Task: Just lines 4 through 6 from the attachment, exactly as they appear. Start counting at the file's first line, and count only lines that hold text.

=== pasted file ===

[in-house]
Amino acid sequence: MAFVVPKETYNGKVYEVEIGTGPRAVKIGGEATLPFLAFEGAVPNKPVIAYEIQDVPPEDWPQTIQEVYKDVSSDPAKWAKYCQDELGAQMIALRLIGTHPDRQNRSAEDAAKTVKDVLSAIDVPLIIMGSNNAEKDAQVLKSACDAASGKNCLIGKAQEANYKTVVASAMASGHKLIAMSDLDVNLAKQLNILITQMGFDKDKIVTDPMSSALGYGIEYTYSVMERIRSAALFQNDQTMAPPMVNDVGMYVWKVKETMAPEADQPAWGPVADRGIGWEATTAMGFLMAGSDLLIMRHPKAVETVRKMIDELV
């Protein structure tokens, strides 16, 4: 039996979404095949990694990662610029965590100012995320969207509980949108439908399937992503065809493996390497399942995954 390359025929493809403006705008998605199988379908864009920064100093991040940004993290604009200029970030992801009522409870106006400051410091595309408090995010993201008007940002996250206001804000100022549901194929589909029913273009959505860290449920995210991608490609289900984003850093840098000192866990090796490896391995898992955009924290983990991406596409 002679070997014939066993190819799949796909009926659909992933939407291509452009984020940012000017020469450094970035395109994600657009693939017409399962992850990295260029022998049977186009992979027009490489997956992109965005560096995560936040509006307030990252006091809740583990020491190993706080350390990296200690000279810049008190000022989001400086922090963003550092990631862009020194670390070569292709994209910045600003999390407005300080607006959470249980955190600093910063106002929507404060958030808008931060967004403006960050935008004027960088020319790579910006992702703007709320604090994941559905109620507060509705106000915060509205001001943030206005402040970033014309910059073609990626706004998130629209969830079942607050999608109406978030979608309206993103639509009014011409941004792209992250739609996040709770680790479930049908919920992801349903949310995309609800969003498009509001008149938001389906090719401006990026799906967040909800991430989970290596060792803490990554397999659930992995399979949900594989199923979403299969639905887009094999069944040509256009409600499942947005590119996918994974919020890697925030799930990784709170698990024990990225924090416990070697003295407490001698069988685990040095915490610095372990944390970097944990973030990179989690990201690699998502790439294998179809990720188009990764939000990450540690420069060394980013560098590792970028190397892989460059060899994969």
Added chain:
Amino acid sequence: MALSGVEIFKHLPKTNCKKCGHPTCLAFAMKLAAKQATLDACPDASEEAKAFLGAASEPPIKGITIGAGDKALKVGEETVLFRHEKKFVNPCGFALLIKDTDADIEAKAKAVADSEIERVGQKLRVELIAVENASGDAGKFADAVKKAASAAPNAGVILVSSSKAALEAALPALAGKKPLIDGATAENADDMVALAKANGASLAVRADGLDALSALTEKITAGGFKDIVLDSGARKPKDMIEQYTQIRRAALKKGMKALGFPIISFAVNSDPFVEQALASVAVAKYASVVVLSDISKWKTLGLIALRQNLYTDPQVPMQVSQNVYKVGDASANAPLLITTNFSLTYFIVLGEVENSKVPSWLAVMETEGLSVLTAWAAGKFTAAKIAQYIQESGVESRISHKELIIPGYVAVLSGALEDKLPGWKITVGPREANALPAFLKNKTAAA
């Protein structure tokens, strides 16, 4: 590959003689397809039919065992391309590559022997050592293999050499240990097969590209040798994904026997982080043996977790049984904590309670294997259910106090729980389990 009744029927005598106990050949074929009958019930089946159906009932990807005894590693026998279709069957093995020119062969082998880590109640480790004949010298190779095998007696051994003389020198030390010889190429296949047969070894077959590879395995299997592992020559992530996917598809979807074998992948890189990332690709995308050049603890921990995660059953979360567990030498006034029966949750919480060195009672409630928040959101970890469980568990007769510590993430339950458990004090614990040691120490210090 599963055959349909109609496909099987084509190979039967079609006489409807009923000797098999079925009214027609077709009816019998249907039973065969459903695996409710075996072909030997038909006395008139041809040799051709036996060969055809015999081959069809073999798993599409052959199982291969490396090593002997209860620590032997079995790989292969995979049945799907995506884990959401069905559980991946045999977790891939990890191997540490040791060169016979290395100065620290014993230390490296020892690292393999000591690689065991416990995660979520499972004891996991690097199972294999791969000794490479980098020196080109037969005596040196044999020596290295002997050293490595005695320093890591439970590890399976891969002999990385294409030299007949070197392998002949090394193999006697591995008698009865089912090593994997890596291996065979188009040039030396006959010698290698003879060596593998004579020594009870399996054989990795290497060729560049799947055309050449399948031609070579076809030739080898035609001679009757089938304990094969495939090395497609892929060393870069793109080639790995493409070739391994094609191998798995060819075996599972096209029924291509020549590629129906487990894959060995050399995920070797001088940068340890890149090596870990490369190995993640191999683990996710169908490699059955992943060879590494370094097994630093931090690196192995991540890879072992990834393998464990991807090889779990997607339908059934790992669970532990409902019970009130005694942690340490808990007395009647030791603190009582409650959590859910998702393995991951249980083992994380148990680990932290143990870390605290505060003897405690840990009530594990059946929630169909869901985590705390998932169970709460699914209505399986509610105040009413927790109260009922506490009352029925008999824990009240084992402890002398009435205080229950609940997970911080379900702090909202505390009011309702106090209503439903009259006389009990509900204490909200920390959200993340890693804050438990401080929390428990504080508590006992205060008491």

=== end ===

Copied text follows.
Added chain:
Amino acid sequence: MALSGVEIFKHLPKTNCKKCGHPTCLAFAMKLAAKQATLDACPDASEEAKAFLGAASEPPIKGITIGAGDKALKVGEETVLFRHEKKFVNPCGFALLIKDTDADIEAKAKAVADSEIERVGQKLRVELIAVENASGDAGKFADAVKKAASAAPNAGVILVSSSKAALEAALPALAGKKPLIDGATAENADDMVALAKANGASLAVRADGLDALSALTEKITAGGFKDIVLDSGARKPKDMIEQYTQIRRAALKKGMKALGFPIISFAVNSDPFVEQALASVAVAKYASVVVLSDISKWKTLGLIALRQNLYTDPQVPMQVSQNVYKVGDASANAPLLITTNFSLTYFIVLGEVENSKVPSWLAVMETEGLSVLTAWAAGKFTAAKIAQYIQESGVESRISHKELIIPGYVAVLSGALEDKLPGWKITVGPREANALPAFLKNKTAAA
């Protein structure tokens, strides 16, 4: 590959003689397809039919065992391309590559022997050592293999050499240990097969590209040798994904026997982080043996977790049984904590309670294997259910106090729980389990 009744029927005598106990050949074929009958019930089946159906009932990807005894590693026998279709069957093995020119062969082998880590109640480790004949010298190779095998007696051994003389020198030390010889190429296949047969070894077959590879395995299997592992020559992530996917598809979807074998992948890189990332690709995308050049603890921990995660059953979360567990030498006034029966949750919480060195009672409630928040959101970890469980568990007769510590993430339950458990004090614990040691120490210090 599963055959349909109609496909099987084509190979039967079609006489409807009923000797098999079925009214027609077709009816019998249907039973065969459903695996409710075996072909030997038909006395008139041809040799051709036996060969055809015999081959069809073999798993599409052959199982291969490396090593002997209860620590032997079995790989292969995979049945799907995506884990959401069905559980991946045999977790891939990890191997540490040791060169016979290395100065620290014993230390490296020892690292393999000591690689065991416990995660979520499972004891996991690097199972294999791969000794490479980098020196080109037969005596040196044999020596290295002997050293490595005695320093890591439970590890399976891969002999990385294409030299007949070197392998002949090394193999006697591995008698009865089912090593994997890596291996065979188009040039030396006959010698290698003879060596593998004579020594009870399996054989990795290497060729560049799947055309050449399948031609070579076809030739080898035609001679009757089938304990094969495939090395497609892929060393870069793109080639790995493409070739391994094609191998798995060819075996599972096209029924291509020549590629129906487990894959060995050399995920070797001088940068340890890149090596870990490369190995993640191999683990996710169908490699059955992943060879590494370094097994630093931090690196192995991540890879072992990834393998464990991807090889779990997607339908059934790992669970532990409902019970009130005694942690340490808990007395009647030791603190009582409650959590859910998702393995991951249980083992994380148990680990932290143990870390605290505060003897405690840990009530594990059946929630169909869901985590705390998932169970709460699914209505399986509610105040009413927790109260009922506490009352029925008999824990009240084992402890002398009435205080229950609940997970911080379900702090909202505390009011309702106090209503439903009259006389009990509900204490909200920390959200993340890693804050438990401080929390428990504080508590006992205060008491």